Canadian Olympic Committee launches large-scale Sochi campaign

Iconic athlete's remind us #WeAreWinter

Iconic athletes remind us #WeAreWinter

With the Sochi Winter Olympics less than six weeks away, the Canadian Olympic Committee on Tuesday launched what it calls its “largest brand undertaking in its history.”

The campaign is built around emotional videos celebrating the heroic determination of Canada’s Winter Olympic athletes and winter itself—or at least winter’s inextricable place in the Canadian psyche.

“Winter. It knows us better than we know ourselves. It shapes and forges us into who we are and what we can become,” says Canadian hockey hero Steve Yzerman in the voiceover to one spot. “Winter gives us everything and expects us to give it all back. We are Canada. We are winter,” said Yzerman, who is also the executive director of the men’s Olympic hockey team.

Gold medal-winning Olympic skier Jean-Luc Brassard also contributes voice work to the campaign.

The videos were produced from more than 100 hours of footage shot over 16 months by Canadian director and producer Henry Lu. Sixty-second, 30-second and 15-second spots were cut for TV while longer profiles are running online. One of the 60-second spots, “Crossroads,” will debut during the NHL’s Winter Classic hockey game between Toronto and Detroit scheduled for early Wednesday afternoon.

In total, 17 athletes from 10 sports feature in the campaign.

Print ads shot by Chris Gordaneer also began running Tuesday. Proximity was responsible for the campaign creative while OMD handled media planning and buying and North Strategic the PR.

“The essence of this campaign originated from conversations with our athletes who all said the same thing: Winter defines them and defines who we are as a country,” said Derek Kent, chief marketing officer for the Canadian Olympic Committee, in a release. “We wanted Canadians to really get to know our athletes and their remarkably inspiring stories. We are proud of what we have built and that we are putting a brighter spotlight on our national sporting heroes.”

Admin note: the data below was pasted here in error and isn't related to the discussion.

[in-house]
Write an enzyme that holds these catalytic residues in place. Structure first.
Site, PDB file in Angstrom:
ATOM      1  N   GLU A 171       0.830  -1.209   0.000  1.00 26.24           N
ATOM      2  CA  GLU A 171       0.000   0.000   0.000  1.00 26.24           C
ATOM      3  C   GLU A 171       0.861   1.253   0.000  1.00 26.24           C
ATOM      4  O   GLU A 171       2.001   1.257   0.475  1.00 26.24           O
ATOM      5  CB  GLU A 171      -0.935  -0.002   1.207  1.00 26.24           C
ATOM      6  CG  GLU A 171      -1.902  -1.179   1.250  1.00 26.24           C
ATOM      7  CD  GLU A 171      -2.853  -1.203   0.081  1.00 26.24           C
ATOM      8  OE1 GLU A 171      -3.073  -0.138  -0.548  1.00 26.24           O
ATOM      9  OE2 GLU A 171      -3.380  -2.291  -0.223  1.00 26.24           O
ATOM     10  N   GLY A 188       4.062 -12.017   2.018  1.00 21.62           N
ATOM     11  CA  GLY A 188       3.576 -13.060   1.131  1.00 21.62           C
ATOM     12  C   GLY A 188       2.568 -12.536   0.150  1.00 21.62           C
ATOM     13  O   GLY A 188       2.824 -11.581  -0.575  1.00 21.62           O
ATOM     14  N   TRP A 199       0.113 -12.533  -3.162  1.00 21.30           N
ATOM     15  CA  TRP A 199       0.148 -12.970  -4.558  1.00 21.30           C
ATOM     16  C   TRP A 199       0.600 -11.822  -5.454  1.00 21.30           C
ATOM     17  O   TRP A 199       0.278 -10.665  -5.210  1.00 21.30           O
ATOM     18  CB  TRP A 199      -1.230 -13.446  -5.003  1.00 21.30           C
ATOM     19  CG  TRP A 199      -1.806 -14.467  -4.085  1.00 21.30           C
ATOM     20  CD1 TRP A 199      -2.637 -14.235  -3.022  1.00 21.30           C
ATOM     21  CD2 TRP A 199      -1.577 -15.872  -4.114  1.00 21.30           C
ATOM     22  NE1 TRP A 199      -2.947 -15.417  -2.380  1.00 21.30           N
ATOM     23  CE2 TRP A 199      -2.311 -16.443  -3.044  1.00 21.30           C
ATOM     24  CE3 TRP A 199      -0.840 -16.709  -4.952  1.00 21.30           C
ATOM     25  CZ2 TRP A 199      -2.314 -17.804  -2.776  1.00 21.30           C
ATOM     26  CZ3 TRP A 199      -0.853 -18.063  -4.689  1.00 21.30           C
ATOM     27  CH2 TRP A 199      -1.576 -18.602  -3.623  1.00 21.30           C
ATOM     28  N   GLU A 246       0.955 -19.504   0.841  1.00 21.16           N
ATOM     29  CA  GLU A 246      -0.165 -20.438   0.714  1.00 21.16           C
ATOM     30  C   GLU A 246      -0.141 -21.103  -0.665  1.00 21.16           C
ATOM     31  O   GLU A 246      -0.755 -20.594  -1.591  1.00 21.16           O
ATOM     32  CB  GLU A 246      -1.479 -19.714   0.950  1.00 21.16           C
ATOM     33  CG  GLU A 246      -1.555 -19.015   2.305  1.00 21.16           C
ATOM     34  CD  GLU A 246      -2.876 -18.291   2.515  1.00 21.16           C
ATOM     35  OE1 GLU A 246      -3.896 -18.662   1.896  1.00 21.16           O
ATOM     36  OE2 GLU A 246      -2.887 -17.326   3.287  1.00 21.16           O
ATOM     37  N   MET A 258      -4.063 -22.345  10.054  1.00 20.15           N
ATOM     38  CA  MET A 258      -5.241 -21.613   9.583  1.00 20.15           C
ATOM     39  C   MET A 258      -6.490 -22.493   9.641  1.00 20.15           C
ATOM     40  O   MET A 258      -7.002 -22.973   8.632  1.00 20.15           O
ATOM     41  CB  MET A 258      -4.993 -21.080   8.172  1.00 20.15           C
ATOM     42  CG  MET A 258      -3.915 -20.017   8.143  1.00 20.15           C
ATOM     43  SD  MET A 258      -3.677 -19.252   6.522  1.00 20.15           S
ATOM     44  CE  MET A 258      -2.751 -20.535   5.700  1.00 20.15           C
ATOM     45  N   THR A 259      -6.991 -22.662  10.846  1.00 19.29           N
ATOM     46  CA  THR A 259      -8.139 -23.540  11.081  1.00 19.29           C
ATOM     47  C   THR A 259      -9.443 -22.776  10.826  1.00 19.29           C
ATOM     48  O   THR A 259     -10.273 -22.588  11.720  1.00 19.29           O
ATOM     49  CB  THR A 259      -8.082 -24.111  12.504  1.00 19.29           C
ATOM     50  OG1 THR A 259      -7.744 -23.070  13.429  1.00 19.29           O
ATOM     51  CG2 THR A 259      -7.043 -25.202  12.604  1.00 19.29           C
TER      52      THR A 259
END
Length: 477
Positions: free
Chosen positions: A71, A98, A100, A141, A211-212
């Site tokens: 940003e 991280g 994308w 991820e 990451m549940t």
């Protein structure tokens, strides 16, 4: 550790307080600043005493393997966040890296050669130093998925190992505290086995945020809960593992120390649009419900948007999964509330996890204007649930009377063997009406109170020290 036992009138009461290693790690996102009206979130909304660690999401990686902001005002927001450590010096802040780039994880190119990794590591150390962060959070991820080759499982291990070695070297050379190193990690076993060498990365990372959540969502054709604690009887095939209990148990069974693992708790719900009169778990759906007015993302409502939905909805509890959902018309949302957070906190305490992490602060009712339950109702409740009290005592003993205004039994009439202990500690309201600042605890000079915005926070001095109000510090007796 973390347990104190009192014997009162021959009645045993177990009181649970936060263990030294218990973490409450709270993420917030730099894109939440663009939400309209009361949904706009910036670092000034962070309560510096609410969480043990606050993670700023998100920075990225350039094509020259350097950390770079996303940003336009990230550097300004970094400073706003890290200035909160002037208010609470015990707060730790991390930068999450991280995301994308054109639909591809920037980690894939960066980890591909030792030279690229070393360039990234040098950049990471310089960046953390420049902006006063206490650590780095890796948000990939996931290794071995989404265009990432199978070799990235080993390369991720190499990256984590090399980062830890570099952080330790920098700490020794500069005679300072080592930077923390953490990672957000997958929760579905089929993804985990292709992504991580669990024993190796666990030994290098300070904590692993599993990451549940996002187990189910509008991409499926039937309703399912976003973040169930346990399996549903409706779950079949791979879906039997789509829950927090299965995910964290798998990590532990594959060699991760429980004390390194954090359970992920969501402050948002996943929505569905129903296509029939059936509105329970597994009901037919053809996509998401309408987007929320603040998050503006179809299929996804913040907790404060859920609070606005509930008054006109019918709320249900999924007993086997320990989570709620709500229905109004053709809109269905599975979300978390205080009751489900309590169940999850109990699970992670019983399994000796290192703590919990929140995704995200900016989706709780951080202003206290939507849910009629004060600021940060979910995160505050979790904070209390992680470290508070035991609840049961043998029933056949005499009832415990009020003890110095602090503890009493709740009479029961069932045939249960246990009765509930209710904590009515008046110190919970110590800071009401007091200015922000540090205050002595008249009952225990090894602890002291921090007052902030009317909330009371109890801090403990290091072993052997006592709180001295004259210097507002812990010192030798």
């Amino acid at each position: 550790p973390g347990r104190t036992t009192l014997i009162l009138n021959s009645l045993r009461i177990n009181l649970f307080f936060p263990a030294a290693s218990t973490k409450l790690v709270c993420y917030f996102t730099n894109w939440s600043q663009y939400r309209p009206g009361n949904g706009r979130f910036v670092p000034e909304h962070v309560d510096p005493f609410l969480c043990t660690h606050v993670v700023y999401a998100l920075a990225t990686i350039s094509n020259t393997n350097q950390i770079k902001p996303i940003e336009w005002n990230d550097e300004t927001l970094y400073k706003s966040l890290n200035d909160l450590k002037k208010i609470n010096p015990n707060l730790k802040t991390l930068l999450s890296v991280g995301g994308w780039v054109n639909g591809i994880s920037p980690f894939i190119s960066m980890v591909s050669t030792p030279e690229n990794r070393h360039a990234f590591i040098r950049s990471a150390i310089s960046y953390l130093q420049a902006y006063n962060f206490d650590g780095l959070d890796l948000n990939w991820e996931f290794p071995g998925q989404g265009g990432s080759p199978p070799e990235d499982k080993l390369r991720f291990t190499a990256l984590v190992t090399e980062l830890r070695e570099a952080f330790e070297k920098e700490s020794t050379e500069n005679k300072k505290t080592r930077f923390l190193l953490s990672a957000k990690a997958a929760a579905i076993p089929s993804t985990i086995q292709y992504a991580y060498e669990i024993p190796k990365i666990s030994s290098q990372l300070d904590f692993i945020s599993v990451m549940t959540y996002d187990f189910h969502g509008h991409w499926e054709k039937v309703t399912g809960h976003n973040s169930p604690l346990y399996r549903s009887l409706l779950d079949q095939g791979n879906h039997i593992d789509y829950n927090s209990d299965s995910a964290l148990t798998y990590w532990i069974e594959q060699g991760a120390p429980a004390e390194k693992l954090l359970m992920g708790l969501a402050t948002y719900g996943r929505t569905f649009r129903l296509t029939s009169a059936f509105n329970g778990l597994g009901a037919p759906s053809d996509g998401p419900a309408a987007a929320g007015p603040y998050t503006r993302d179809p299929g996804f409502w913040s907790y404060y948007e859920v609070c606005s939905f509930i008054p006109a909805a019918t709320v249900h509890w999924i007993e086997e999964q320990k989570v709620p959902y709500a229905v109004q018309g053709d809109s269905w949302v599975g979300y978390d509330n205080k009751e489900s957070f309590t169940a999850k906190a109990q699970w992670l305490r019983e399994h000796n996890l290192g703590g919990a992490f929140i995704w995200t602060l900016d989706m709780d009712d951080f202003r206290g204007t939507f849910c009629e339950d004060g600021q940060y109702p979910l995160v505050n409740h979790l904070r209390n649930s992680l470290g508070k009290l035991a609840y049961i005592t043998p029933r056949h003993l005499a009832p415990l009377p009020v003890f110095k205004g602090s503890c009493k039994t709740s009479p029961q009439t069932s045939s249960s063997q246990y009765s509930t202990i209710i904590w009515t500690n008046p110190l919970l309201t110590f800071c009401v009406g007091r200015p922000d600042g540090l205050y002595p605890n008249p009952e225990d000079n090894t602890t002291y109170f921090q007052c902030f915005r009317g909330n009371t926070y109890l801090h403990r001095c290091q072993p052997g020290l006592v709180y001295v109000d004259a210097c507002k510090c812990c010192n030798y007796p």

“The idea that our Canadian athletes will be better able to connect with fans and Canadians from coast-to-coast-to-coast in advance of the Sochi Games, is something that we are extremely excited about,” said Christopher Overholt, CEO and secretary general, Canadian Olympic Committee.

A focus on raising athletes’ profiles and telling their individual stories was an important plank in the strategy of Canada’s Olympics Broadcast Media Consortium (Bell/CTV and Rogers) in the run up to the Vancouver Olympics four years ago, and storytelling around the athletes has been a key part of the COC’s strategy to promote its athletes since then.

In terms of social media, Twitter was named the “exclusive Social Media Partner”—a first for the COC. According to the release, the partnership will “offer opportunities to Canadian Olympic Team partners to promote Canadian Olympic tweets (from approved athlete handles and official Team handles: @CDNOlympicTeam and @OlympiqueCanada).” Look for #WeAreWinter and #NousSommeslHiver to show up regularly on Twitter in the weeks ahead.

Brands Articles

RBC uses customer home videos for ‘Someday’

15,000 submissions for financial institution's contest and content drive

Bendgate: 5 things Apple will do next

Markus Giesler guesses at Apple's next iPhone play

Holt Renfrew readies menswear-only store in Toronto

Luxury store wants to grow retail footprint by 40%

Kraft Hockeyville competition expands to U.S.

Tentpole sponsorship expands south of the border with media/in-store campaign

Toys R Us celebrates 30 years in Canada with ‘Oath’

An anniversary message from Toronto creative shop Open

Canadian Tire’s new CEO talks online shopping

Michael Medline chats with CB about digital technology's role in customer service

Millennials are looking for brands to trust: Havas

Nearly half of surveyed millennials consider brands "essential" to their life

Three big obstacles to success for the BlackBerry Passport

Peter Nowak says differentiation is a smart play, but brings its own challenges